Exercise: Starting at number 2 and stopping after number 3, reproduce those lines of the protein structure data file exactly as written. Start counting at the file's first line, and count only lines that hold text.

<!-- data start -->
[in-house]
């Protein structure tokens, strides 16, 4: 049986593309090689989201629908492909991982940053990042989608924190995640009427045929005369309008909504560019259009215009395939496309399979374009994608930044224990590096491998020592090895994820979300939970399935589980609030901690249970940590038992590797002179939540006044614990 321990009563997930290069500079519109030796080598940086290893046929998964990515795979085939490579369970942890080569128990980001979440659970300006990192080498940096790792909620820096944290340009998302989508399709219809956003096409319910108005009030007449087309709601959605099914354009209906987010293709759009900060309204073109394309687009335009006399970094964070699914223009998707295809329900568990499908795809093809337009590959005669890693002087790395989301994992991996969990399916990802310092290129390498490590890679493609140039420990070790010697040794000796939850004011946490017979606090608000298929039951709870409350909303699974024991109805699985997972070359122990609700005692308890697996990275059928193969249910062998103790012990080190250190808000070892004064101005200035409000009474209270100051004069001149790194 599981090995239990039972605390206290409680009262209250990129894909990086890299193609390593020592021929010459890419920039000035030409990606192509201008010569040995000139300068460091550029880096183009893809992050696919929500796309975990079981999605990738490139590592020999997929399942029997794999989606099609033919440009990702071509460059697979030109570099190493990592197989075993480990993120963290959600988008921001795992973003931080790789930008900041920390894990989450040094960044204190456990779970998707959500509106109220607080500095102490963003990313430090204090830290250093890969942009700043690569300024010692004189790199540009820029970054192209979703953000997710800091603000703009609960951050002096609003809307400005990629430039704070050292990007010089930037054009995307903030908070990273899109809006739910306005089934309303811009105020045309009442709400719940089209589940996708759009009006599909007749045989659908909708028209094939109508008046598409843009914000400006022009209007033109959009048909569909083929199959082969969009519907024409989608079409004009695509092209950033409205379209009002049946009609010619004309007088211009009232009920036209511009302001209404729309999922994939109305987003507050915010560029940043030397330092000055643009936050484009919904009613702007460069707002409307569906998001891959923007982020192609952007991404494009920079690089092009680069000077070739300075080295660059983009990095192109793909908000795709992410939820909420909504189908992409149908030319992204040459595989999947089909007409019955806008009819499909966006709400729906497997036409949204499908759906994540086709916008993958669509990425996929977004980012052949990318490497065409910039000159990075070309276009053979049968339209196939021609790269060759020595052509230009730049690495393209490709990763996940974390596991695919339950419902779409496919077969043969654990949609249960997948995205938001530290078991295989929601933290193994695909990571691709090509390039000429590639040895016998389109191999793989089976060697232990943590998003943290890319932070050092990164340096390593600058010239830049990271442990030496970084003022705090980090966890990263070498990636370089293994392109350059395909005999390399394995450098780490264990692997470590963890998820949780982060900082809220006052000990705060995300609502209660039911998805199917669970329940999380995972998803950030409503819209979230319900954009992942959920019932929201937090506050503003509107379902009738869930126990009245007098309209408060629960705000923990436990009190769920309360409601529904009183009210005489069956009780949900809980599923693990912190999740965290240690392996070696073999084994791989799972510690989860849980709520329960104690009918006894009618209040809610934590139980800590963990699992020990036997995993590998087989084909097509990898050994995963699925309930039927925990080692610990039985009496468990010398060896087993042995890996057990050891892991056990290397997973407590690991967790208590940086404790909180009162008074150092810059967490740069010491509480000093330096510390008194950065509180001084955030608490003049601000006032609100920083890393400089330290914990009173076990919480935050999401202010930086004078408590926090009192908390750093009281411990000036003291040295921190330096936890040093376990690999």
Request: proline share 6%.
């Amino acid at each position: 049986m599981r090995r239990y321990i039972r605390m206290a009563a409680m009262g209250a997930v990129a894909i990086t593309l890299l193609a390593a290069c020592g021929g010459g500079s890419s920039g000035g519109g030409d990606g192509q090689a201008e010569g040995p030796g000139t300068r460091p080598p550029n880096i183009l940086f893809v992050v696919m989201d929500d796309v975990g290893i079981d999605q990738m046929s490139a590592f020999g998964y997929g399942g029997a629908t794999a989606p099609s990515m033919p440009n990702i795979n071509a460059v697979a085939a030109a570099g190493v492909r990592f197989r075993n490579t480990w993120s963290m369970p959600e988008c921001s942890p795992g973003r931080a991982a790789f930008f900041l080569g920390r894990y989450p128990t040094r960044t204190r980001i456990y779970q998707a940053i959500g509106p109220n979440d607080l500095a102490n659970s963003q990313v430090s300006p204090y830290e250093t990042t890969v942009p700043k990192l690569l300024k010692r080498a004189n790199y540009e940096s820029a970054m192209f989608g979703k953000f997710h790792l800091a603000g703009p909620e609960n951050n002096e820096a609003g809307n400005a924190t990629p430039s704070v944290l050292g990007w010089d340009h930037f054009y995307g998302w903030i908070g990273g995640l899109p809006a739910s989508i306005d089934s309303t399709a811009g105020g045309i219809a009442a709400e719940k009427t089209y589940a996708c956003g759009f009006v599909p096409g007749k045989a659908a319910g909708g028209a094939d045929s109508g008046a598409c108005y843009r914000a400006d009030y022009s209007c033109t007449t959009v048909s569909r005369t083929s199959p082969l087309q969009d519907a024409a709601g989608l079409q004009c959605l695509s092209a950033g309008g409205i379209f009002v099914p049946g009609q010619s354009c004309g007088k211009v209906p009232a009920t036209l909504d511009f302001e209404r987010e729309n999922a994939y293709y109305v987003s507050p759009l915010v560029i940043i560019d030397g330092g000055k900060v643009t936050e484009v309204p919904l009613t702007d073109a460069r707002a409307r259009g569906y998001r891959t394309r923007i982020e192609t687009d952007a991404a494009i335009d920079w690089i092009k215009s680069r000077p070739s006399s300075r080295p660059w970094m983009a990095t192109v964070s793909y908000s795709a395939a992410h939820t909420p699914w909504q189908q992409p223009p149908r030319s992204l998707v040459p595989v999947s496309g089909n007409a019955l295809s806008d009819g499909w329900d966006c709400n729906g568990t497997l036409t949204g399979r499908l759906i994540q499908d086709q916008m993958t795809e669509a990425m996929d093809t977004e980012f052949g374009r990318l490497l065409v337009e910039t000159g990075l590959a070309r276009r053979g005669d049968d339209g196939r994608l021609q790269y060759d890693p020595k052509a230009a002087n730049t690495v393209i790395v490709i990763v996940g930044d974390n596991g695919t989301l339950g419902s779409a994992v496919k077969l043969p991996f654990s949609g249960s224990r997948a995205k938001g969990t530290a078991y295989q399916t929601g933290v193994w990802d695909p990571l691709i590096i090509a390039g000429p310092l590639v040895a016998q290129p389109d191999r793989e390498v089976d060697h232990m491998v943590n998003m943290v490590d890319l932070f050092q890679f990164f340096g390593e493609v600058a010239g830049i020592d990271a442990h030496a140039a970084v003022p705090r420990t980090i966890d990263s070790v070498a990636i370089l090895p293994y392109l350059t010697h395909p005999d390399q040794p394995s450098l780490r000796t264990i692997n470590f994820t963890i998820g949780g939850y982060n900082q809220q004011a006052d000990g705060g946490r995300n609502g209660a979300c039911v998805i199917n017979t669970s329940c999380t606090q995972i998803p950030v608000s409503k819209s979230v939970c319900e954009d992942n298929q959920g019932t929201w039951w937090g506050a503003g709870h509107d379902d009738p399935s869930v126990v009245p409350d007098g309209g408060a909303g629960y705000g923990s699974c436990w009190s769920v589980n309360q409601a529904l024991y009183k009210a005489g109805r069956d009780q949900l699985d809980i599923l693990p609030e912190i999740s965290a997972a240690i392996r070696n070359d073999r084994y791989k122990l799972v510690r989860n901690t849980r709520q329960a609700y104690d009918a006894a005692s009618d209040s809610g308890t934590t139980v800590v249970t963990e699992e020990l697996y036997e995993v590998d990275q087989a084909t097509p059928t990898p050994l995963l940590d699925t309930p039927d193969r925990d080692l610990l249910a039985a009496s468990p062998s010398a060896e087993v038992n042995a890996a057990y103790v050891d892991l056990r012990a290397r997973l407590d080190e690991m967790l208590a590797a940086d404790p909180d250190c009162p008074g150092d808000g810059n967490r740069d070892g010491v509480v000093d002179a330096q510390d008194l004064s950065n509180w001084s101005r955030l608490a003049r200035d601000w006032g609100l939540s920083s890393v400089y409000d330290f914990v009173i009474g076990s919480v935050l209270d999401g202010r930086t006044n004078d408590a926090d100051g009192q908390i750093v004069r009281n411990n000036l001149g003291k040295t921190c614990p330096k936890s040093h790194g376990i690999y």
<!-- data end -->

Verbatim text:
């Protein structure tokens, strides 16, 4: 049986593309090689989201629908492909991982940053990042989608924190995640009427045929005369309008909504560019259009215009395939496309399979374009994608930044224990590096491998020592090895994820979300939970399935589980609030901690249970940590038992590797002179939540006044614990 321990009563997930290069500079519109030796080598940086290893046929998964990515795979085939490579369970942890080569128990980001979440659970300006990192080498940096790792909620820096944290340009998302989508399709219809956003096409319910108005009030007449087309709601959605099914354009209906987010293709759009900060309204073109394309687009335009006399970094964070699914223009998707295809329900568990499908795809093809337009590959005669890693002087790395989301994992991996969990399916990802310092290129390498490590890679493609140039420990070790010697040794000796939850004011946490017979606090608000298929039951709870409350909303699974024991109805699985997972070359122990609700005692308890697996990275059928193969249910062998103790012990080190250190808000070892004064101005200035409000009474209270100051004069001149790194 599981090995239990039972605390206290409680009262209250990129894909990086890299193609390593020592021929010459890419920039000035030409990606192509201008010569040995000139300068460091550029880096183009893809992050696919929500796309975990079981999605990738490139590592020999997929399942029997794999989606099609033919440009990702071509460059697979030109570099190493990592197989075993480990993120963290959600988008921001795992973003931080790789930008900041920390894990989450040094960044204190456990779970998707959500509106109220607080500095102490963003990313430090204090830290250093890969942009700043690569300024010692004189790199540009820029970054192209979703953000997710800091603000703009609960951050002096609003809307400005990629430039704070050292990007010089930037054009995307903030908070990273899109809006739910306005089934309303811009105020045309009442709400719940089209589940996708759009009006599909007749045989659908909708028209094939109508008046598409843009914000400006022009209007033109959009048909569909083929199959082969969009519907024409989608079409004009695509092209950033409205379209009002049946009609010619004309007088211009009232009920036209511009302001209404729309999922994939109305987003507050915010560029940043030397330092000055643009936050484009919904009613702007460069707002409307569906998001891959923007982020192609952007991404494009920079690089092009680069000077070739300075080295660059983009990095192109793909908000795709992410939820909420909504189908992409149908030319992204040459595989999947089909007409019955806008009819499909966006709400729906497997036409949204499908759906994540086709916008993958669509990425996929977004980012052949990318490497065409910039000159990075070309276009053979049968339209196939021609790269060759020595052509230009730049690495393209490709990763996940974390596991695919339950419902779409496919077969043969654990949609249960997948995205938001530290078991295989929601933290193994695909990571691709090509390039000429590639040895016998389109191999793989089976060697232990943590998003943290890319932070050092990164340096390593600058010239830049990271442990030496970084003022705090980090966890990263070498990636370089293994392109350059395909005999390399394995450098780490264990692997470590963890998820949780982060900082809220006052000990705060995300609502209660039911998805199917669970329940999380995972998803950030409503819209979230319900954009992942959920019932929201937090506050503003509107379902009738869930126990009245007098309209408060629960705000923990436990009190769920309360409601529904009183009210005489069956009780949900809980599923693990912190999740965290240690392996070696073999084994791989799972510690989860849980709520329960104690009918006894009618209040809610934590139980800590963990699992020990036997995993590998087989084909097509990898050994995963699925309930039927925990080692610990039985009496468990010398060896087993042995890996057990050891892991056990290397997973407590690991967790208590940086404790909180009162008074150092810059967490740069010491509480000093330096510390008194950065509180001084955030608490003049601000006032609100920083890393400089330290914990009173076990919480935050999401202010930086004078408590926090009192908390750093009281411990000036003291040295921190330096936890040093376990690999």
Request: proline share 6%.